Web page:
Licensing Act 2003
The Licensing Act 2003
Statement of Licensing Principles
Under Section 5 of the Licensing Act 2003, Pendle Borough Council, as the Licensing Authority, produces a Statement of Licensing Principles (Policy) every five years. When carrying out functions under the Licensing Act 2003, the Council’s Licensing Committee must consider this Statement.
Licensing Act 2003
The Licensing Act 2003 is a single license scheme for premises which:
- supply alcohol
- provide regulated entertainment
- provide late night refreshment
We operate according to four licensing objectives, to make sure that licensable activities are carried out in the public interest:
- the prevention of crime and disorder
- public safety
- the prevention of public nuisance
- the protection of children from harm
Key features of the act are:
- flexible opening hours for premises
- consideration of the impact of opening hours on local residents and businesses
- a single premises licence authorising premises for multiple licensing activities
- personal licences relating to the supply of alcohol premises licences issued by licensing authorities after notification and scrutiny of all applications by the police and other authorities
- local residents and businesses having the right to make representations about applications
- personal licences issued by licensing authorities after scrutiny by the police, where the applicant has been convicted of certain offences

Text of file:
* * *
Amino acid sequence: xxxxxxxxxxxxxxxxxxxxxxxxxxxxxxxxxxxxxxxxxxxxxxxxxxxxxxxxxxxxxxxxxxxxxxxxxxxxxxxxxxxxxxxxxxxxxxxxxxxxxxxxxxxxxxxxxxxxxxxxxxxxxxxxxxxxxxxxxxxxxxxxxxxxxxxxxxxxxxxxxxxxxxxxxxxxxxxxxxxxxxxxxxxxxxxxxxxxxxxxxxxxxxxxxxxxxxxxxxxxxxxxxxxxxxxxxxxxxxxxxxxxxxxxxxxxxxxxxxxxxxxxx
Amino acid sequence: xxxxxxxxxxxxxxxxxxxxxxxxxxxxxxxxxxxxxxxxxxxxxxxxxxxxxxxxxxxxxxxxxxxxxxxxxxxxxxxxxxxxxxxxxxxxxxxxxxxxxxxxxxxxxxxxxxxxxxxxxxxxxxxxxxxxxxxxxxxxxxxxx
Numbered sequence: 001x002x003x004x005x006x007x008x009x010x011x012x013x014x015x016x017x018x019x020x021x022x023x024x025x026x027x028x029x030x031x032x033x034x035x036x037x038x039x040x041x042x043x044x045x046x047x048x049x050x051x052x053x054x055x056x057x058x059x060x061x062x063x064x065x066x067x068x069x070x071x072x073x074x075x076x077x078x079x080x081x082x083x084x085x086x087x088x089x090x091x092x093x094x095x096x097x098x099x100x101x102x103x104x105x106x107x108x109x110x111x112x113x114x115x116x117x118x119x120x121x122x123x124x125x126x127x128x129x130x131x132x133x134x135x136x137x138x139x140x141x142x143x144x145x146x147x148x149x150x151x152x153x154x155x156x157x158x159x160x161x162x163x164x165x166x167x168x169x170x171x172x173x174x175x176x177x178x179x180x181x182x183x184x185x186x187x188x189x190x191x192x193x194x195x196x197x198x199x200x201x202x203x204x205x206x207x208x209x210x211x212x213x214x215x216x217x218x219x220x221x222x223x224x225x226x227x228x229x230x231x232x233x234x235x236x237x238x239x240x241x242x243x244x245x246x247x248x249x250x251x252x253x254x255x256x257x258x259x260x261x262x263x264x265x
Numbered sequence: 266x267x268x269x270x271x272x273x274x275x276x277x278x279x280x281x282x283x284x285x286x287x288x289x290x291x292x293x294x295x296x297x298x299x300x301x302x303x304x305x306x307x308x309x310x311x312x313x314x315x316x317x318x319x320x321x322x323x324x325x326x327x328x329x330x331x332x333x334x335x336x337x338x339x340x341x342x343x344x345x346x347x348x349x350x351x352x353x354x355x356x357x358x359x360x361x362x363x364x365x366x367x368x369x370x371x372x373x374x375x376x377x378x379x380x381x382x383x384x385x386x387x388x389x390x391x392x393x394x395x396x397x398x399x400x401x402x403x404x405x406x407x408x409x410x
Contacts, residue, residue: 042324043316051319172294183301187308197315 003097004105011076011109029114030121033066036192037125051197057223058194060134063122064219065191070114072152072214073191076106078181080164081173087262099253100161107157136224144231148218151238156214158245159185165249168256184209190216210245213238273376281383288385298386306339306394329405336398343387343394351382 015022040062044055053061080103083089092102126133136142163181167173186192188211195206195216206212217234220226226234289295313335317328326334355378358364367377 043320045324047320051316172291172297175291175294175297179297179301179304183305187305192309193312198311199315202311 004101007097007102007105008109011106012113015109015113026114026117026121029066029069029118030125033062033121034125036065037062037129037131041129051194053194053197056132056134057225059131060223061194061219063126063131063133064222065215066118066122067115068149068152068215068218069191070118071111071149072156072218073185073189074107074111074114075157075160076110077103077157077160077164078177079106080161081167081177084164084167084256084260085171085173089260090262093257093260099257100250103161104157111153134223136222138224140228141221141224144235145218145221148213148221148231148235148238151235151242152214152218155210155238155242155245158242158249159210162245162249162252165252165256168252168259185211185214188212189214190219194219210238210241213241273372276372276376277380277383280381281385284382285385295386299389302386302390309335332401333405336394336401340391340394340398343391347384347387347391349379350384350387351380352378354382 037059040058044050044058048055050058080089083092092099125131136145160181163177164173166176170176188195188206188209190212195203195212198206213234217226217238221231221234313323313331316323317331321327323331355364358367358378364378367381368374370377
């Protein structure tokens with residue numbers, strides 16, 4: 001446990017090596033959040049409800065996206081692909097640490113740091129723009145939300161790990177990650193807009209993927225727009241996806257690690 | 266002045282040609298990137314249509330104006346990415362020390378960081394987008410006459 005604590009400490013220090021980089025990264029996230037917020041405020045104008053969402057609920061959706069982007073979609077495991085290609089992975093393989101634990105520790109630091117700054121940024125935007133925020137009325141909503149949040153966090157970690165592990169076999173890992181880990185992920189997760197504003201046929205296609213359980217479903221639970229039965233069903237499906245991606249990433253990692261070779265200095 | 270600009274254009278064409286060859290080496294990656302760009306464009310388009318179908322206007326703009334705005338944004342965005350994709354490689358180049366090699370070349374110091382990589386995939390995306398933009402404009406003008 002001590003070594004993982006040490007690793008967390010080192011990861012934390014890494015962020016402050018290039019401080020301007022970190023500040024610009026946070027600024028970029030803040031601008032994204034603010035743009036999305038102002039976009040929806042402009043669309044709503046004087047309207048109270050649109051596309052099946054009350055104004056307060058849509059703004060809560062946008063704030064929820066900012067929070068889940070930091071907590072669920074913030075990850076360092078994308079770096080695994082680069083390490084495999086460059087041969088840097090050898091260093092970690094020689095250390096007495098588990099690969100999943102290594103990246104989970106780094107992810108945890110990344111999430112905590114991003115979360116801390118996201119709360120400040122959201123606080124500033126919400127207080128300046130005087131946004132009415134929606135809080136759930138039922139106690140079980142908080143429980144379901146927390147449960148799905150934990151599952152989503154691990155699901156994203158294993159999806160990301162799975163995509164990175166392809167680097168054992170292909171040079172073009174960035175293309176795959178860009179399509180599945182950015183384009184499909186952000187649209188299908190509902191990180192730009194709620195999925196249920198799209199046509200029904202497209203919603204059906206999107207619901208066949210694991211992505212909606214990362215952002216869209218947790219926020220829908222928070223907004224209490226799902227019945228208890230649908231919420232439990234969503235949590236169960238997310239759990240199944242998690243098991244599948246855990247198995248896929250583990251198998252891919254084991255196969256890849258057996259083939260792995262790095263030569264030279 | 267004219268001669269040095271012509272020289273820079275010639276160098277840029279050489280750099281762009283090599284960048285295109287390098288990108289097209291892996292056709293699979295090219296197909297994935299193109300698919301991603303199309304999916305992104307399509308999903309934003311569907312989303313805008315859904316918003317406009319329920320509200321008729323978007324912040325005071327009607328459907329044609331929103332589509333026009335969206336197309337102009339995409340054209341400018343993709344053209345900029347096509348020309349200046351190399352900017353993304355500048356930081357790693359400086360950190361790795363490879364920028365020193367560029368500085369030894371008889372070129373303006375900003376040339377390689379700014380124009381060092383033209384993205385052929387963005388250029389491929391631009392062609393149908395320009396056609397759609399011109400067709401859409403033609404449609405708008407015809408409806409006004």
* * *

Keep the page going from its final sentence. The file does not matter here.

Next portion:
Part 7 of the Licensing Act 2003 outlines many of the general offences contained within the legislation, and is split into six distinct areas:
- unauthorised licensable activities
- drunkenness and disorderly conduct on licensed premises
- smuggled goods
- children and alcohol
- vehicles and trains
- false statements
Crime and disorder
The Act also has an important role in the prevention of crime and disorder and public nuisance, while giving people more freedom and choice in their leisure time.
The act allows licence applicants to appeal against licensing authority decisions and allows anyone who has made a relevant representation to an application to appeal against decision.
For example a landlord could appeal against conditions attached to a licence, while a local resident or interested party who had made a relevant representation could appeal against the licence being granted at all.
Interested parties - including local residents - can request a review of a particular premises licence, when problems occur which are related to the licensing objectives. Following the review, we can consider a range of responses such as suspending or revoking the licences, excluding certain licensable activities or changing conditions attached to a licence. However, it can only take these actions where they are necessary to address the problem and promote one or more of the four licensing objectives.